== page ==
Gabriel L. Adams
Herndon, Northumberland County

September 15, 1895 - September 28, 1918

     Gabriel Adams was born in Jackson Township in Northumberland County, the son of Edwin C. and Alice Seville Adams of Herndon.  He grew up in Herndon and helped out on the family farm.  Gabriel entered the Bloomsburg State Normal School in September of 1910 at the age of 15 in the College Preparatory Program, and graduated in June of 1913.  In an unfortunate twist of fate his roommate while at Bloomsburg, Maxwell Straub of Herndon, also died in the war.

     After graduation Gabriel enrolled in Bucknell University and studied there for several years, but during his junior year had to leave school to help out at home.  In May of 1918 he entered military service in Sunbury and trained at Camp Meade, Maryland, with Company M of the 314th Infantry, 79th Infantry Division.  In July the company went to France for more training, and was finally sent to the trenches on the frontline in late September.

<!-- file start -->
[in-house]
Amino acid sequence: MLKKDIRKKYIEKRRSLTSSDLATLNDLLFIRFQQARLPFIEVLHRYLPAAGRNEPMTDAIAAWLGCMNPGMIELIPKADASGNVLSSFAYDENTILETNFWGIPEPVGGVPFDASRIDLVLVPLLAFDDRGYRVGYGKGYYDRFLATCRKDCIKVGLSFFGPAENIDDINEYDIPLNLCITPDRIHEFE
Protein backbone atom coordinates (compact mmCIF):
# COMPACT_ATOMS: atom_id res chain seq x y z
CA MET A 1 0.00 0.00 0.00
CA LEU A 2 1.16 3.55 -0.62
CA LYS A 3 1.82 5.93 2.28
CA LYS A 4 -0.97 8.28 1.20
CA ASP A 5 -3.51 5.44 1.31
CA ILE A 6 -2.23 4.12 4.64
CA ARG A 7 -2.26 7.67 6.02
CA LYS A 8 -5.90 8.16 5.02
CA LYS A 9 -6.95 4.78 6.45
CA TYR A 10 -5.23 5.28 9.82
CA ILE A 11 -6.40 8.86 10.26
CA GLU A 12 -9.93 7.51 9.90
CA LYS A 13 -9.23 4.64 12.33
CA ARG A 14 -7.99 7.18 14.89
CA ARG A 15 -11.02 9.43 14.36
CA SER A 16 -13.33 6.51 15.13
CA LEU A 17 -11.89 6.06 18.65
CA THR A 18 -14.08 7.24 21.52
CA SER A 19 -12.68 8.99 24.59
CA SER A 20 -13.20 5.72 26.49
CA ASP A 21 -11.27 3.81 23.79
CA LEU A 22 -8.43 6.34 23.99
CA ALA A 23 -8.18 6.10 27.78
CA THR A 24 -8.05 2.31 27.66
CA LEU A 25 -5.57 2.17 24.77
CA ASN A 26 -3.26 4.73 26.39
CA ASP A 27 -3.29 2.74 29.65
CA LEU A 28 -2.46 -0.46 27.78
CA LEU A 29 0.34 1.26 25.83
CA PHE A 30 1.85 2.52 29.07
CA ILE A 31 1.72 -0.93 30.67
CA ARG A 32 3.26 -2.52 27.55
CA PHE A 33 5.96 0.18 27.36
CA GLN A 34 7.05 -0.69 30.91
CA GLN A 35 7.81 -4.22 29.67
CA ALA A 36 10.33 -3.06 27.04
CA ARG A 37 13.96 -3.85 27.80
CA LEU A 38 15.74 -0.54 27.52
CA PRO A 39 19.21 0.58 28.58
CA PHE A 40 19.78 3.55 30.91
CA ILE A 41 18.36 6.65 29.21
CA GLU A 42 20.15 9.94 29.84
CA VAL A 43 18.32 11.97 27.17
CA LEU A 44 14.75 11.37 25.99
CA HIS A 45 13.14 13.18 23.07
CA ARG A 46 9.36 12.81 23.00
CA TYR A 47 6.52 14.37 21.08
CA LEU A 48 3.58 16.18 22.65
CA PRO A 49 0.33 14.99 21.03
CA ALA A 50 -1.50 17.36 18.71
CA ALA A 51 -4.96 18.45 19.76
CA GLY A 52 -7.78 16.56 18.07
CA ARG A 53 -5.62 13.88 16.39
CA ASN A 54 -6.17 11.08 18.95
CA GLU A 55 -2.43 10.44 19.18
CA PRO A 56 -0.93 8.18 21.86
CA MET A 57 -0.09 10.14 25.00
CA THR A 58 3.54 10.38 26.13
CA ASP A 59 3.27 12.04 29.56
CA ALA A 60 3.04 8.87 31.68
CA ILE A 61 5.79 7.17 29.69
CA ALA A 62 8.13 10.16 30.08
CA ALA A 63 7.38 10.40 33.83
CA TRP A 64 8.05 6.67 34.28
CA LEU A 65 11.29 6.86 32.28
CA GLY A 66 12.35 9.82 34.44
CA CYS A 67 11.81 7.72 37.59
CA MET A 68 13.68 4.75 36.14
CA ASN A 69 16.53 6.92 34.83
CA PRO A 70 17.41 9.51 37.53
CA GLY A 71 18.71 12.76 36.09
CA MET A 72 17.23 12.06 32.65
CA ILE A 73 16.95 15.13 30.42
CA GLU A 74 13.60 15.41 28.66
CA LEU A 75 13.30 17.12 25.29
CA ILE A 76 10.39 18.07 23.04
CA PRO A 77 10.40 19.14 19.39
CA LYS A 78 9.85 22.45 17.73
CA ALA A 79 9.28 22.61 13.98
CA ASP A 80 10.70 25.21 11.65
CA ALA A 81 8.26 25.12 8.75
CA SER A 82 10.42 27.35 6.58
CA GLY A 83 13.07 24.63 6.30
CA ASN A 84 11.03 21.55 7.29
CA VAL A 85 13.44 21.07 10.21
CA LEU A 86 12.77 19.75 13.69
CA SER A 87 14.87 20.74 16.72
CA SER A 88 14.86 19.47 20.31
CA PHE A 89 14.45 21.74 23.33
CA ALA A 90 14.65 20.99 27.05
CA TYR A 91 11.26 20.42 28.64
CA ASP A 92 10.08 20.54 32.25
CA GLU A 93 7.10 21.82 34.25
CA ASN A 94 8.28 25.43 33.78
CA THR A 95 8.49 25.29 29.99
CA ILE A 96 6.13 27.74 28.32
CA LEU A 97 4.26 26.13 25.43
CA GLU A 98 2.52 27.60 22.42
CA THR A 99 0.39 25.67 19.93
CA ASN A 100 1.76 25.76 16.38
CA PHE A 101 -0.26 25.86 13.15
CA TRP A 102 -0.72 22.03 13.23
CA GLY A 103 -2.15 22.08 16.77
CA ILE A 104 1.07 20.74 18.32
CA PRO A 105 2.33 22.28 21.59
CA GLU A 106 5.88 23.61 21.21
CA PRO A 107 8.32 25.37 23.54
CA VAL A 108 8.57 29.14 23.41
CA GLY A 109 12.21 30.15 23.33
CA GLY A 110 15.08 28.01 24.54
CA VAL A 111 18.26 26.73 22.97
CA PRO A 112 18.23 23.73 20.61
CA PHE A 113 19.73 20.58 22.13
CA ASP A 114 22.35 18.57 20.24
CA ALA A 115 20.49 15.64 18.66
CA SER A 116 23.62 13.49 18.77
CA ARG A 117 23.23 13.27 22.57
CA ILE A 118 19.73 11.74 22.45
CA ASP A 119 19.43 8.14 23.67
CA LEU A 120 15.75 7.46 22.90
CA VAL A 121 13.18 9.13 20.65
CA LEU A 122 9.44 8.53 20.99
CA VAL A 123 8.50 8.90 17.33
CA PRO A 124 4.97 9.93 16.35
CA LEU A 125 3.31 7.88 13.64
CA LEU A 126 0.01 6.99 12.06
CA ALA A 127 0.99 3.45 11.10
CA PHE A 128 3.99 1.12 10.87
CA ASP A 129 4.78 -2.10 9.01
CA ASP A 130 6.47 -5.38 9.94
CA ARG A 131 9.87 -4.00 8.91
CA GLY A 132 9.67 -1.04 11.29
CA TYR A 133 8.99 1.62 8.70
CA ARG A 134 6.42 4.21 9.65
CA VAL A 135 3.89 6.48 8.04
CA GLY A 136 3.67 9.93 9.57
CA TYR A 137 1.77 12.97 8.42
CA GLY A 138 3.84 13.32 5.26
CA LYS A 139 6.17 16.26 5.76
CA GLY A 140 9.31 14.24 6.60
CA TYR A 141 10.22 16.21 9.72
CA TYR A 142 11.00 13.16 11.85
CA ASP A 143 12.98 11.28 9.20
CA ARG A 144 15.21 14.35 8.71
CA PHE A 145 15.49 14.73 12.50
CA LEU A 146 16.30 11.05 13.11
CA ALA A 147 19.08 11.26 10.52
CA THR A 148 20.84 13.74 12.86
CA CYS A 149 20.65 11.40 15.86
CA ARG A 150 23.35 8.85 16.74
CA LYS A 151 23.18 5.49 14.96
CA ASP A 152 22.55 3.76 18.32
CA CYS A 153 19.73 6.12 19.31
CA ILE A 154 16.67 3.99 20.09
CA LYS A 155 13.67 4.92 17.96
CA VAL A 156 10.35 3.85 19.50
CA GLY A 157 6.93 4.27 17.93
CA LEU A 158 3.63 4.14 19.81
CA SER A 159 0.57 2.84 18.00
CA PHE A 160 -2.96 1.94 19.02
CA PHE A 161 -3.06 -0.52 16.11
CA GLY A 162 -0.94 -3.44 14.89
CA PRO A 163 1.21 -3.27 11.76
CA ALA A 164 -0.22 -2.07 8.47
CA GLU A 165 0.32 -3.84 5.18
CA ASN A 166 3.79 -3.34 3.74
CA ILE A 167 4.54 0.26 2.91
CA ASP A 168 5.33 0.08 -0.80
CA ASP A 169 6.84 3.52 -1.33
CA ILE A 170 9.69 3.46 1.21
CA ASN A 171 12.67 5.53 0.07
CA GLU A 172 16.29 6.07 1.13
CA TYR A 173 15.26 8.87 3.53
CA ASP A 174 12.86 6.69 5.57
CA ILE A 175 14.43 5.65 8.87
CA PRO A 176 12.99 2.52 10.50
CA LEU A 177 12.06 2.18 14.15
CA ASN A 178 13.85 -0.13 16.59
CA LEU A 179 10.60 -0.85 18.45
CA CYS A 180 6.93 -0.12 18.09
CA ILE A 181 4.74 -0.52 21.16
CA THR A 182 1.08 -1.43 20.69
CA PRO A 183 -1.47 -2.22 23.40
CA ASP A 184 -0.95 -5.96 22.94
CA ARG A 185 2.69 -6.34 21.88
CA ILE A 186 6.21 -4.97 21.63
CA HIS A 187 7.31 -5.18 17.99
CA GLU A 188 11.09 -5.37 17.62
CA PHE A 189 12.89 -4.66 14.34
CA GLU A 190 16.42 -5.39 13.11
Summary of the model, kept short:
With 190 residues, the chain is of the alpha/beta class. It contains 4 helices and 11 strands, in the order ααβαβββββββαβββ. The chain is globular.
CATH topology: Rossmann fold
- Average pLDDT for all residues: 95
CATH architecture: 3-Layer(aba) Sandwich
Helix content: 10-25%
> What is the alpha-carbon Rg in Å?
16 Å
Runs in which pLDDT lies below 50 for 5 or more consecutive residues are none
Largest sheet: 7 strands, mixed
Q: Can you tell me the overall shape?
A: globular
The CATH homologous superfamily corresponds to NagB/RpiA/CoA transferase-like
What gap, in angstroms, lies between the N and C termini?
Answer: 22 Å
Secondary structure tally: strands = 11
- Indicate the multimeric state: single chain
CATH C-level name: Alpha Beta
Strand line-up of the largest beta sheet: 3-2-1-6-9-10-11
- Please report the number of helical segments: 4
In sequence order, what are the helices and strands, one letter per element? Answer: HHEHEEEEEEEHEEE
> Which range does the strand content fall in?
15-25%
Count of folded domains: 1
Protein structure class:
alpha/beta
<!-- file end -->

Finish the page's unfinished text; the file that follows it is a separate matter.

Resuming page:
The company became part of one of the major drives of the war near the city of Verdun.  What happened to Gabriel was communicated to his parents by a good army friend, James Snyder.  Snyder wrote the letter several days later while recuperating at a base hospital.  On September 28 they were involved in fighting all day, and that night dug into a hole for protection.  But a German shell hit the trench, wounding Snyder and killing Gabriel.  As James Snyder said about him in the letter, "You can always be proud of Gabe's army record as he was always loyal, faithful and friendly  to everybody and always did his duty in a manly manner.  I have missed him very much and share with you the grief you mourn for so noble a son and friend ..."

    Although buried in France, a memorial marker was placed in the family plot in Herndon Cemetery, alongside which would be buried his father in 1920 and his mother in 1945.  His family mourned Gabriel's loss: his parents, sister, and brother John.  An intelligent, studious, and energetic young man with a bright future was gone, another terrible loss in a terrible war.

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Updated 8/25/03